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Women in the Law: My Mentoring Experience

Two tea cups

The LUCY Mentoring Program is like a “buddy program.” Offered at most universities in New South Wales, it teams up young female students with women in senior positions.

Recognising the difficulties women still face in attaining senior positions in the legal sector, the LUCY program attempts to remedy this by showing young women their options during and after university, by pairing them with a woman in a particular field.

Each mentorship varies. The mentors can come from the public or private sector, and the program can entail anything from note-taking, work experience, networking events or Friday afternoon lunches.

Over a period of five days spread over a number of months, I met with an awesome, down to earth Trial Advocate from the DPP in Campbelltown. Here are some of the things that I got out of the program…

Meeting Badass Women

Any lawyer willing sacrifice their time to provide advice and take on wide-eyed, slightly clueless students like myself, will likely be of the awesome variety.

On paper, I was hugely intimidated by my mentor. High achieving, crazily intelligent, but somehow, still a normal, grounded person, I never would have met my mentor if it weren’t for the program (or even believed that people like that actually exist).

LUCY also provides you with the opportunity to meet other equally badass women (and men) at networking events.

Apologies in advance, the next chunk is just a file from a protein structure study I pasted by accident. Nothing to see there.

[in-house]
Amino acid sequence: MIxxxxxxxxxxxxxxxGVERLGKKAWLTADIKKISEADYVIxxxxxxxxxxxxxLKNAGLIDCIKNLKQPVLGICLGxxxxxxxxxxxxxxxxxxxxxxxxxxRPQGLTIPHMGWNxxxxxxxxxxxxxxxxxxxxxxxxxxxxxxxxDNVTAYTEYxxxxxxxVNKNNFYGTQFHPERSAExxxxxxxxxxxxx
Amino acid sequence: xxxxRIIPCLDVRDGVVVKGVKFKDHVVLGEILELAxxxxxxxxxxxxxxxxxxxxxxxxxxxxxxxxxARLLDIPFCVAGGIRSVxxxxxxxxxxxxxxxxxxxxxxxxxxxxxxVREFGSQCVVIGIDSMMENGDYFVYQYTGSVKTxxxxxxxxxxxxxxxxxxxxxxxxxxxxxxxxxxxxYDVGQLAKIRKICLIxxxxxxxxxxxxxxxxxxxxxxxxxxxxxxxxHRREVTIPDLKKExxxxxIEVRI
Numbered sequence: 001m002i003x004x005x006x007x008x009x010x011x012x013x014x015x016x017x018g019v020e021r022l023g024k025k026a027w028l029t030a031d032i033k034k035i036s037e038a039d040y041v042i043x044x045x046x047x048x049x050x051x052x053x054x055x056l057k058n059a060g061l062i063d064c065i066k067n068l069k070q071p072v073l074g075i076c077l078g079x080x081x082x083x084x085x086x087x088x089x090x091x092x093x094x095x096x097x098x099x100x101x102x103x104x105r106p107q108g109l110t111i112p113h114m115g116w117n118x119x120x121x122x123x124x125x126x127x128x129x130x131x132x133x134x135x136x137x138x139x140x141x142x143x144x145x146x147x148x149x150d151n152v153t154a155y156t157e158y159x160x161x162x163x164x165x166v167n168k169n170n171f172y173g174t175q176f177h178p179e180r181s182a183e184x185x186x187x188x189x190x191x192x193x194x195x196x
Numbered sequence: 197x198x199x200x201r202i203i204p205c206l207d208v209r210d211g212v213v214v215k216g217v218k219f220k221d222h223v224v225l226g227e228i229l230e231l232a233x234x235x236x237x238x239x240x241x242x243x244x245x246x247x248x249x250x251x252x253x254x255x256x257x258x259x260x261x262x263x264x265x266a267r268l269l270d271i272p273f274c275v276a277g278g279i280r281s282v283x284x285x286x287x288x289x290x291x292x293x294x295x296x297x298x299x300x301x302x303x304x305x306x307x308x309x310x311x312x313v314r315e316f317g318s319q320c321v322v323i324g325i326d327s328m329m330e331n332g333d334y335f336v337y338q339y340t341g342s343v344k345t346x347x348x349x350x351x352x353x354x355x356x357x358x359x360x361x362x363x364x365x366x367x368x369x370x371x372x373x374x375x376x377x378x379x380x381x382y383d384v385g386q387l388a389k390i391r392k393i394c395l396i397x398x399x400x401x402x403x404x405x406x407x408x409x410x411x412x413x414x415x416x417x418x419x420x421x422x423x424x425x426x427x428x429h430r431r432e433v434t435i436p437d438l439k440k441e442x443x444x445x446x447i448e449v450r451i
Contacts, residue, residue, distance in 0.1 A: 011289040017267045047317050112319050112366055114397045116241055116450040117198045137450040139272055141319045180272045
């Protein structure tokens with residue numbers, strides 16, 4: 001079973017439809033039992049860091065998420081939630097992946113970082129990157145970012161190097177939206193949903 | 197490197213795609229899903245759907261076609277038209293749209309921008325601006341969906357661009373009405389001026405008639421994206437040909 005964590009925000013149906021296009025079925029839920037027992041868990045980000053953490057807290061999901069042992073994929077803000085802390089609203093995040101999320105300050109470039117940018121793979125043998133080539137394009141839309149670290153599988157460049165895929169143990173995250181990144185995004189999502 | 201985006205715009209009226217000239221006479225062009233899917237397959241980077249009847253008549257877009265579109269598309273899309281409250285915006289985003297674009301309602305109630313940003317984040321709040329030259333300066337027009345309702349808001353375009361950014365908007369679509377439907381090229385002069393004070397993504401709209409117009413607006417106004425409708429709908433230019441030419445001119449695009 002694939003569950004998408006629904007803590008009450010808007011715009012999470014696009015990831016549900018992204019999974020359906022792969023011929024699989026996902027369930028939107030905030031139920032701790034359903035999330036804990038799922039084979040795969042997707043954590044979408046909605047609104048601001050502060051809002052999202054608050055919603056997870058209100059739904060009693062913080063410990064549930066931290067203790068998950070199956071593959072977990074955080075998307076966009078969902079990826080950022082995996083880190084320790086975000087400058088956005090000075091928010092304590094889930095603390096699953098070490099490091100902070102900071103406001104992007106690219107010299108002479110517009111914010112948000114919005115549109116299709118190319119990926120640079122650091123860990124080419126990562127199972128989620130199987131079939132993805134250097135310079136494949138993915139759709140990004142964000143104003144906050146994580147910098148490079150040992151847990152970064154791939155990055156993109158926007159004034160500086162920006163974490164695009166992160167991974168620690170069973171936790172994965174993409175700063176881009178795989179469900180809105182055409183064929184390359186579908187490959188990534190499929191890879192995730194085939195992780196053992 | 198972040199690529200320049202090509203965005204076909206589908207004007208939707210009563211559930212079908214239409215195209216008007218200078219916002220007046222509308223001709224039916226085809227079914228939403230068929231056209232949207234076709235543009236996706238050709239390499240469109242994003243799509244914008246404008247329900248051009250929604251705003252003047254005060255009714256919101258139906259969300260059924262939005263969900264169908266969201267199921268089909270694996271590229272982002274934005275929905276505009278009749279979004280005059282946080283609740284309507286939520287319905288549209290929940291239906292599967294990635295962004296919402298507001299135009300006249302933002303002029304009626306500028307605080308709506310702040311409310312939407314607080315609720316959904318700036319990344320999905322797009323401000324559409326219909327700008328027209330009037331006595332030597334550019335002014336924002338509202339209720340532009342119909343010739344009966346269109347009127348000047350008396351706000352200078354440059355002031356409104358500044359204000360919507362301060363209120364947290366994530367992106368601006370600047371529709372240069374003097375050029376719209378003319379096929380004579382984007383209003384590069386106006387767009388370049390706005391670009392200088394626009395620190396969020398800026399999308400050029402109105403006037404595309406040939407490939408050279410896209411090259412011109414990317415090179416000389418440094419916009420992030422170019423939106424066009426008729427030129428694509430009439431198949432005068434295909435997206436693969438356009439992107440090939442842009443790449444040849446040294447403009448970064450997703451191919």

Getting a Healthy Sense of Perspective

It’s easy to get caught up in the rush to find work experience, the panic about marks, the classic ‘what on earth am I going to do with my life’, or the ‘oh god, graduation is getting closer’ and other law student life crises.

Here’s where the wisdom (that comes only with life experience) kicks in. My mentor helped me to understand the options ahead of me, the importance of adventure as well as hard work, and is a living example of a successful lawyer who’s had a genuinely interesting life.

If it weren’t for my mentor, I wouldn’t have travelled as much, or known how to go about getting legal experience, or even remembered to have fun while I was still at university. While well-meaning friends and family can also give you similar advice, it’s especially helpful when it comes from a lawyer who’s gone through the same thing.


The program also gives you an opportunity to try out a field of law before you graduate. Having done the program I can now safely say that I am about 60% sure I know what I’m doing with my life.

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